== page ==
It would be great to hear our clients say they have no issues in working capital finance and challenges, and that solving cash flow problems is the least of their worries. Unfortunately we haven’t met one customer that seems to be comfortable sharing that with us.
Let’s look at the root of some of those working capital challenges; what are the problems, what caused the problems and then talk about why you are probably reading this… you want working capital solutions.
It’s of course great to have sales – and sales and profits are even better. In general when you have those you have the essence of a healthy business. But those are in effect what we could call paper transactions and it always comes back to 100 year old clichés such as ‘ cash is king ‘ and ‘the sale isn’t made until you’re paid ‘.
That cash is required for all those mundane things, paying suppliers, paying employees, and meeting your obligations on loans and leases.
Your challenge is typical, how you do create a flow of cash in the long term, as well as addressing short term bulges to ensure you have liquidity.
Naturally when you have a good handle on cash flow everyone views you in a positive light, most importantly your suppliers and lenders.
The solutions to cash flow challenges often come out of inability to plan or address the right type of cash flow solution. You run the risk of liquidity problems when you current assets aren’t able to be converted in a timely manner into cash – those assets are typically receivables and inventory.
There isn’t a day when we don’t run into a textbook type of working capital finance challenge – it’s as simple as requiring product to satisfy regular or new large orders, generating invoicing, and then waiting 30, 60 or 90 days for payment. That is the textbook challenge when we talk to clients asking us for assistance in solving cash flow problems.
So we have done a pretty good job of telling you what your problems and challenges are – let’s address some real world solutions.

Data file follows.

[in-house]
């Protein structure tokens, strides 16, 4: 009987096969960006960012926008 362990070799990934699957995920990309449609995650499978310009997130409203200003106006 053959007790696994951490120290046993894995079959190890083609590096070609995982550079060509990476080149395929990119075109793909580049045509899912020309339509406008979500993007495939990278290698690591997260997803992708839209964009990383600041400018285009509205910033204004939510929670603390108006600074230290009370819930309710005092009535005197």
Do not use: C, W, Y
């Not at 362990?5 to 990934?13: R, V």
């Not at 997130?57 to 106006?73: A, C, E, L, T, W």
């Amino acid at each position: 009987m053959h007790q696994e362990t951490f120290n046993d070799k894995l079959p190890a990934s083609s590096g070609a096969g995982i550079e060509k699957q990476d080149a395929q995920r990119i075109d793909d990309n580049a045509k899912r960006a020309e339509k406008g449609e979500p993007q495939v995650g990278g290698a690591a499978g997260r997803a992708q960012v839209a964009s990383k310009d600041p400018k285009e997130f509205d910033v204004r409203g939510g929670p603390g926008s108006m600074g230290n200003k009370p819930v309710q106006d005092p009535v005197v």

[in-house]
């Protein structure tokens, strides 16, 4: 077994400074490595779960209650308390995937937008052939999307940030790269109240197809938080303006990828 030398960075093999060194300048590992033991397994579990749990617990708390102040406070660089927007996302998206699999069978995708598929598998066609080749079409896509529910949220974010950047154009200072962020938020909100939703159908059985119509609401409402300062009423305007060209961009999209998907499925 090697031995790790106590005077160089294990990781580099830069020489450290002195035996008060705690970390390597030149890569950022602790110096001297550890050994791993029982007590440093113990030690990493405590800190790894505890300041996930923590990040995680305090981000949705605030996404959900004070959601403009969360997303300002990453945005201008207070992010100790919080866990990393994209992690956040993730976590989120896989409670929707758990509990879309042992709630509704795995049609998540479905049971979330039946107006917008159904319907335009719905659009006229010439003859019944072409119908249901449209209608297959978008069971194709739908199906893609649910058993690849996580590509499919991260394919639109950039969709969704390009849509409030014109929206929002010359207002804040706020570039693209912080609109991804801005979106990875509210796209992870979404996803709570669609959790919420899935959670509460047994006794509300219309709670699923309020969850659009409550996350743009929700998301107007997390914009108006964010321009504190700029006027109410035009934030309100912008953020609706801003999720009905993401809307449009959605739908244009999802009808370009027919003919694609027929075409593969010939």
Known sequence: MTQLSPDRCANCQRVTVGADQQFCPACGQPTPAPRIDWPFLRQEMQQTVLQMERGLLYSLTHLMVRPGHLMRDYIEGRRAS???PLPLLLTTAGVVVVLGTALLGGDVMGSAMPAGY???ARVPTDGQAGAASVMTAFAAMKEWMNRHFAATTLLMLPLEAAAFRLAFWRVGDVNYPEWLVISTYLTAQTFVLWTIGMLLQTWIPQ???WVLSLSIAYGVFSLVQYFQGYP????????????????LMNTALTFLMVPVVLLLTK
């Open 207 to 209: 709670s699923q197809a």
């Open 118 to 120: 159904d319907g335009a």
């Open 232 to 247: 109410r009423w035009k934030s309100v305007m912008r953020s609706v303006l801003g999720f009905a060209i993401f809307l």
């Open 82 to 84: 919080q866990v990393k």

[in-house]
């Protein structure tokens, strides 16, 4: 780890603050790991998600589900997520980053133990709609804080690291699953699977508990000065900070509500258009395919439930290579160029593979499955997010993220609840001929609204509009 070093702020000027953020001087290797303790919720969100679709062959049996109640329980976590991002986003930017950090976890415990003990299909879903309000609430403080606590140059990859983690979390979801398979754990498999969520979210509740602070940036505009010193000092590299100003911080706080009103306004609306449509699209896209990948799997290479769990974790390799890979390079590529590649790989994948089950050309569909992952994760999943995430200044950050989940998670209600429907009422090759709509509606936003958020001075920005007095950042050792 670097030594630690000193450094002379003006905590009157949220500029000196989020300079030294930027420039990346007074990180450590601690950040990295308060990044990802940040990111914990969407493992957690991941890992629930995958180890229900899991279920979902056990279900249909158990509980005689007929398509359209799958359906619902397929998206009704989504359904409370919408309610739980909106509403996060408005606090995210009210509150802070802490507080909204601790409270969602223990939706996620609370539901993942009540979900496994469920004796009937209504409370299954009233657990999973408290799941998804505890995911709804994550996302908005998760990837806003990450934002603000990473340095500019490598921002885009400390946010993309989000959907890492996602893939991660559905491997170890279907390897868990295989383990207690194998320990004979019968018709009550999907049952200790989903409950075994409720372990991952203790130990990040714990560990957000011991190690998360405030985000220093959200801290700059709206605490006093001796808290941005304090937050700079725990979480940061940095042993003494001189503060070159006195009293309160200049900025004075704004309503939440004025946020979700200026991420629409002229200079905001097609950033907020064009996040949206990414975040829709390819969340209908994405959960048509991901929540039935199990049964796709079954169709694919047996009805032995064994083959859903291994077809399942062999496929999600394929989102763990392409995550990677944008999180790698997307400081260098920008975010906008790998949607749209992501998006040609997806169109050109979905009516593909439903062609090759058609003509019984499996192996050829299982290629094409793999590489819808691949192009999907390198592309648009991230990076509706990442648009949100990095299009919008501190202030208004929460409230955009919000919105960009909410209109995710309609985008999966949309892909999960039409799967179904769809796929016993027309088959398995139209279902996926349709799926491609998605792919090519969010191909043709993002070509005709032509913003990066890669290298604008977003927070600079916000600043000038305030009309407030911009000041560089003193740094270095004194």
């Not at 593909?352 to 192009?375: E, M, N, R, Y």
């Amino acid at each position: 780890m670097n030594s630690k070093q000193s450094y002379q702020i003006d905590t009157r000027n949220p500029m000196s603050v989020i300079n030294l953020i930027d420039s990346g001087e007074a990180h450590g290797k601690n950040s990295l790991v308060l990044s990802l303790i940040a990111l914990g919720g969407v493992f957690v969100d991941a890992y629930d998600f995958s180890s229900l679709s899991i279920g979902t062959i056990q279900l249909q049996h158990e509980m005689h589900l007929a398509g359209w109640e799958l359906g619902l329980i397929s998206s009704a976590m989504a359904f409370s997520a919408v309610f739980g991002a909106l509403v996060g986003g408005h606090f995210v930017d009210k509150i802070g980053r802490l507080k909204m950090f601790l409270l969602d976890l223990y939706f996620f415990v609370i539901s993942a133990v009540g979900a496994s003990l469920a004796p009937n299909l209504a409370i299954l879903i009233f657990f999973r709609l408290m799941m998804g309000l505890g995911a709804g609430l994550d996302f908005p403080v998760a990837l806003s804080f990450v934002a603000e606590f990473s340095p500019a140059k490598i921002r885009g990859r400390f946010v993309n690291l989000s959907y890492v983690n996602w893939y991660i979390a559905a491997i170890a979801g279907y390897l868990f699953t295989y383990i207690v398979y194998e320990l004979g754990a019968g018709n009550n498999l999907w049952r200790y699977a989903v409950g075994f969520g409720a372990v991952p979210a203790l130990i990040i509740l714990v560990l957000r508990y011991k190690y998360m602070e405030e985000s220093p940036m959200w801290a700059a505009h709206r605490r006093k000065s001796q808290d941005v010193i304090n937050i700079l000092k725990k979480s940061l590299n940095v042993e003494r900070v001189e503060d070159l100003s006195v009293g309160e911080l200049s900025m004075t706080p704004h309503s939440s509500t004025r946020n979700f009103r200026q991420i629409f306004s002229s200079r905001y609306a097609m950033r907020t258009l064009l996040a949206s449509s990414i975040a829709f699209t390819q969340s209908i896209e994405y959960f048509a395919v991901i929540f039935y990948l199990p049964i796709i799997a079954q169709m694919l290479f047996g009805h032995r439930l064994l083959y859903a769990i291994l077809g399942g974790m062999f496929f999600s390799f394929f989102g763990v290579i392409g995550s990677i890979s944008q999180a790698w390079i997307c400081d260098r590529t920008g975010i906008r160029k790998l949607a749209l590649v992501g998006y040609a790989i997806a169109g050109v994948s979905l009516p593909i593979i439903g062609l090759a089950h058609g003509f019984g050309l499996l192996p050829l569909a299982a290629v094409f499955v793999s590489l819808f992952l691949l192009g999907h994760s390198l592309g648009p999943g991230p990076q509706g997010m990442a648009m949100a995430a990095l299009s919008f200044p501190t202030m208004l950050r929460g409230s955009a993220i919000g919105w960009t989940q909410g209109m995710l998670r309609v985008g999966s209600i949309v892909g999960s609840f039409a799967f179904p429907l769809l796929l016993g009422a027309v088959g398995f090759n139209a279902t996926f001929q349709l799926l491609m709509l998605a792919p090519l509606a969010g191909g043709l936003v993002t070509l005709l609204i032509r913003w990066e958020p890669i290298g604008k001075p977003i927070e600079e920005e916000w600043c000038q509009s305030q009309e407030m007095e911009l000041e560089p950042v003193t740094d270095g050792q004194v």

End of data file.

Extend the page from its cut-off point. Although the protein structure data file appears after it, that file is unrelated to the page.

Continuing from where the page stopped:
At the core of working capital finance challenges are you inability to access business credit. We encourage all customers to seek Canadian chartered bank business credit when they are in a position to do so. Unfortunately many clients can’t meet business net worth, personal net worth, and liquidity ratios and covenants your bank might require. Also we strongly believe that inventory financing by banks in Canada is increasingly more difficult to achieve.
Don’t borrow – monetize. That’s the best advice and plan we set our with clients to solve cash flow problems. You could get a working capital cash flow term loan, but that just creates additional debt on your balance sheet. Instead, take those assets you already have on your books and monetize them – those assets are the previously mentioned inventory, A/R, and in some cases tax credits due your firm as well as unencumbered equipment.
Liquidity for those assets can be achieved by a receivable financing program, an asset based line of credit, or a short term bridge loan on an asset such as a tax credit or paid for fixed asset such as equipment. Many of these solutions are outside the chartered bank system in Canada and can be accessed by talking to a trusted, credible and experience Canadian business financing advisor.
Your ability to monetize your assets, keep suppliers paid and current and then having the ability to grow your business when you assess and consider monetizing assets into short term liquidity.